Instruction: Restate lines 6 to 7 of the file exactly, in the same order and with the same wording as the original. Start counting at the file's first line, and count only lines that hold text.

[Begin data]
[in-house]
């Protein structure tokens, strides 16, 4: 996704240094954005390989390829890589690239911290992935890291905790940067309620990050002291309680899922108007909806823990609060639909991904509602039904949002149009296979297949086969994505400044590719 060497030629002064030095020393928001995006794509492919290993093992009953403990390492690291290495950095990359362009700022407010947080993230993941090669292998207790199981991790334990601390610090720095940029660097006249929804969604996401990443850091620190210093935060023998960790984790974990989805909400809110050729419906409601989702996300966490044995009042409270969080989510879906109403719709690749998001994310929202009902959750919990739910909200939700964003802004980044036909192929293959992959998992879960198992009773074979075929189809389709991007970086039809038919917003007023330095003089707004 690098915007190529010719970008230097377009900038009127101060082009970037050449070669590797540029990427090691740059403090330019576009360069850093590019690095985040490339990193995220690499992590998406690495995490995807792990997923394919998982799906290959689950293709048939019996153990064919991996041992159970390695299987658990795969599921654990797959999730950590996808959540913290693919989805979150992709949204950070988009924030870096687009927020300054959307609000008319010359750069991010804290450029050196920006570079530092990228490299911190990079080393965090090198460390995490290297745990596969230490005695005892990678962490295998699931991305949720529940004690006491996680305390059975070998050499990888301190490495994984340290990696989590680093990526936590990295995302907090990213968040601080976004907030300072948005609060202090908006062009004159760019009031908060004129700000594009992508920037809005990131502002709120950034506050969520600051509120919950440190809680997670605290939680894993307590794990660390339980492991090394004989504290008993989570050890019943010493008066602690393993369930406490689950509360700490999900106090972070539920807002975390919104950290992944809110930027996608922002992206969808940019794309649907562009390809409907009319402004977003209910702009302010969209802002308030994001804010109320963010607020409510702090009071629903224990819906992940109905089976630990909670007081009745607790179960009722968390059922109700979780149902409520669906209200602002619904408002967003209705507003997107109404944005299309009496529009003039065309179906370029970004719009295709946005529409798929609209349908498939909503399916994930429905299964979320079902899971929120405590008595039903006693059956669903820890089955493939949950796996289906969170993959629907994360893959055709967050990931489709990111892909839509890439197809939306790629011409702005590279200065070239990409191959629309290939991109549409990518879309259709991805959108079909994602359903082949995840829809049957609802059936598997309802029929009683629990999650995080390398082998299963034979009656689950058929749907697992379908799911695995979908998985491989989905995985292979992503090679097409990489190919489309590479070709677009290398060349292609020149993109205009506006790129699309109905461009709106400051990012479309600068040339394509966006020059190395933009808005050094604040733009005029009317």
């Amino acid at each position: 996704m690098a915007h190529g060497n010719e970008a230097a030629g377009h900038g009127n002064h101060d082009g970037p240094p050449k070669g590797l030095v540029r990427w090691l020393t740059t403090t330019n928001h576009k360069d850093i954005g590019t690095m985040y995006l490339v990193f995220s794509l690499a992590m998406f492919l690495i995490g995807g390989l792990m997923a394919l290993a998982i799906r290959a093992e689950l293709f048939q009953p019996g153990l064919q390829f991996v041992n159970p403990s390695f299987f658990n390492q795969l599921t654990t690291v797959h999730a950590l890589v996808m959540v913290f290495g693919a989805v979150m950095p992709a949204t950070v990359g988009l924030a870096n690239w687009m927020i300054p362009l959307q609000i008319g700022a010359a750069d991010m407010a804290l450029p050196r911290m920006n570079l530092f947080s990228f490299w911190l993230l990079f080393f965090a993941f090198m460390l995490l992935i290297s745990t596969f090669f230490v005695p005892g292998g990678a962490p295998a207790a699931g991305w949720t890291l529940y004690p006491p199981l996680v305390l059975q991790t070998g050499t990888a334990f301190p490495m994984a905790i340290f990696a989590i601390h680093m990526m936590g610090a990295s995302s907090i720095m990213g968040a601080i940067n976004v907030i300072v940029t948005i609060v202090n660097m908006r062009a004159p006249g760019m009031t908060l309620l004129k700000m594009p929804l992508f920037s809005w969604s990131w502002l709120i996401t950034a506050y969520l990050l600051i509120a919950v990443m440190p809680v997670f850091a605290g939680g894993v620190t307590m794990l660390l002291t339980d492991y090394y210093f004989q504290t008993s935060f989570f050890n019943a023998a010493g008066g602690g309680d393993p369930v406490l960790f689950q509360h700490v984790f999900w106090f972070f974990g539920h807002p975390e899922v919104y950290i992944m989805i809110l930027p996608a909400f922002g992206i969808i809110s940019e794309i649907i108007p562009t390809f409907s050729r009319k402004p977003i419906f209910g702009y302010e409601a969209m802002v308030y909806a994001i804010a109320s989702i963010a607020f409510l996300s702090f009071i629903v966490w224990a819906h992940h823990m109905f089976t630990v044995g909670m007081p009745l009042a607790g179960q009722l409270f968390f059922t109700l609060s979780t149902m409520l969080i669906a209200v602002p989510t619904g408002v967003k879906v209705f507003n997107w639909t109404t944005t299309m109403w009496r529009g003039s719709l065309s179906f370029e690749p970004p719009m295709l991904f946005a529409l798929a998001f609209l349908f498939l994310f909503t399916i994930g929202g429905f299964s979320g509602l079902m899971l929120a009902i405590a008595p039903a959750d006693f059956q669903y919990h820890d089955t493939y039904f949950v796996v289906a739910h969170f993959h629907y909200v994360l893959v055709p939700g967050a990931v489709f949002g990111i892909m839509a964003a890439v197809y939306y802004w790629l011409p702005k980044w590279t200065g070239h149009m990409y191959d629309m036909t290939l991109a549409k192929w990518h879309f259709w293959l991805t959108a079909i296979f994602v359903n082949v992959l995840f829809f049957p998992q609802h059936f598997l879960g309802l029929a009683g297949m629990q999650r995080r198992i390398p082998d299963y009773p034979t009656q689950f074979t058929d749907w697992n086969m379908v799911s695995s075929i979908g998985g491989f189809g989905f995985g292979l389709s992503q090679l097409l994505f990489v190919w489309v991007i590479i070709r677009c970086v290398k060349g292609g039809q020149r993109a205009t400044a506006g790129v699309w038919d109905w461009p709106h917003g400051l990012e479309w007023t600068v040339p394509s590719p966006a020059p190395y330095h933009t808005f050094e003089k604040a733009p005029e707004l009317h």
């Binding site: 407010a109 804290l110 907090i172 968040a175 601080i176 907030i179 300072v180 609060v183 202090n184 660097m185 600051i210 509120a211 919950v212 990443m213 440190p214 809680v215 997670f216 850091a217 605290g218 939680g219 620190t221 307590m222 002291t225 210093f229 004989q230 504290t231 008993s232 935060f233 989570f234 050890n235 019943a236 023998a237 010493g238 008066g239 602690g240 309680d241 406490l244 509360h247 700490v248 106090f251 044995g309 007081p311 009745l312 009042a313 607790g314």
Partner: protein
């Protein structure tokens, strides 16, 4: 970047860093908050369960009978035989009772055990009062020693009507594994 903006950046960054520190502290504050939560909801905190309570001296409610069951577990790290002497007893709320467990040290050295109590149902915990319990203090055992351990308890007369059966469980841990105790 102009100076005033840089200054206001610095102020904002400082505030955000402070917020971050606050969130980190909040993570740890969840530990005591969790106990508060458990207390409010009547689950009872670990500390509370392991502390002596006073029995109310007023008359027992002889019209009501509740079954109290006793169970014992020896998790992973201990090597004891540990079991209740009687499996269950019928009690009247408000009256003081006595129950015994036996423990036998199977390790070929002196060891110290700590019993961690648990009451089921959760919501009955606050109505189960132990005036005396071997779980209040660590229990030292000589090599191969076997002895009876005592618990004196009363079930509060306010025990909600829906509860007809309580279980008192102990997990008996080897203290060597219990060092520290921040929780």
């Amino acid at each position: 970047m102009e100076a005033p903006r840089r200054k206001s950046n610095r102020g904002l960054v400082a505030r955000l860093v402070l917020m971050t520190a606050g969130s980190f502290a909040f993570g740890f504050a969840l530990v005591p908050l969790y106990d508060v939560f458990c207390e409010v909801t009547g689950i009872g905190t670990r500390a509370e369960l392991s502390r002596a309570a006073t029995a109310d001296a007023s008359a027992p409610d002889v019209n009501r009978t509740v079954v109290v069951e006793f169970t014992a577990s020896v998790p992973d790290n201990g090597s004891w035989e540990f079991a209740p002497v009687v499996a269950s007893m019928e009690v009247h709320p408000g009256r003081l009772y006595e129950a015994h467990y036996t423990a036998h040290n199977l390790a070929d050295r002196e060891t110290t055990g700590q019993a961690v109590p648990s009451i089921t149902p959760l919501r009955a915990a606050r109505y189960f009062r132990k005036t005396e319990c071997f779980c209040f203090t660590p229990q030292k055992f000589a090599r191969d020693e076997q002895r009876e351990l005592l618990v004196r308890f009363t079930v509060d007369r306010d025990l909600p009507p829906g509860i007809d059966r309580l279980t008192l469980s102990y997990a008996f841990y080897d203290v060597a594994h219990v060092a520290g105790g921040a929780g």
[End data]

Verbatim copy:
């Protein structure tokens, strides 16, 4: 970047860093908050369960009978035989009772055990009062020693009507594994 903006950046960054520190502290504050939560909801905190309570001296409610069951577990790290002497007893709320467990040290050295109590149902915990319990203090055992351990308890007369059966469980841990105790 102009100076005033840089200054206001610095102020904002400082505030955000402070917020971050606050969130980190909040993570740890969840530990005591969790106990508060458990207390409010009547689950009872670990500390509370392991502390002596006073029995109310007023008359027992002889019209009501509740079954109290006793169970014992020896998790992973201990090597004891540990079991209740009687499996269950019928009690009247408000009256003081006595129950015994036996423990036998199977390790070929002196060891110290700590019993961690648990009451089921959760919501009955606050109505189960132990005036005396071997779980209040660590229990030292000589090599191969076997002895009876005592618990004196009363079930509060306010025990909600829906509860007809309580279980008192102990997990008996080897203290060597219990060092520290921040929780």
């Amino acid at each position: 970047m102009e100076a005033p903006r840089r200054k206001s950046n610095r102020g904002l960054v400082a505030r955000l860093v402070l917020m971050t520190a606050g969130s980190f502290a909040f993570g740890f504050a969840l530990v005591p908050l969790y106990d508060v939560f458990c207390e409010v909801t009547g689950i009872g905190t670990r500390a509370e369960l392991s502390r002596a309570a006073t029995a109310d001296a007023s008359a027992p409610d002889v019209n009501r009978t509740v079954v109290v069951e006793f169970t014992a577990s020896v998790p992973d790290n201990g090597s004891w035989e540990f079991a209740p002497v009687v499996a269950s007893m019928e009690v009247h709320p408000g009256r003081l009772y006595e129950a015994h467990y036996t423990a036998h040290n199977l390790a070929d050295r002196e060891t110290t055990g700590q019993a961690v109590p648990s009451i089921t149902p959760l919501r009955a915990a606050r109505y189960f009062r132990k005036t005396e319990c071997f779980c209040f203090t660590p229990q030292k055992f000589a090599r191969d020693e076997q002895r009876e351990l005592l618990v004196r308890f009363t079930v509060d007369r306010d025990l909600p009507p829906g509860i007809d059966r309580l279980t008192l469980s102990y997990a008996f841990y080897d203290v060597a594994h219990v060092a520290g105790g921040a929780g």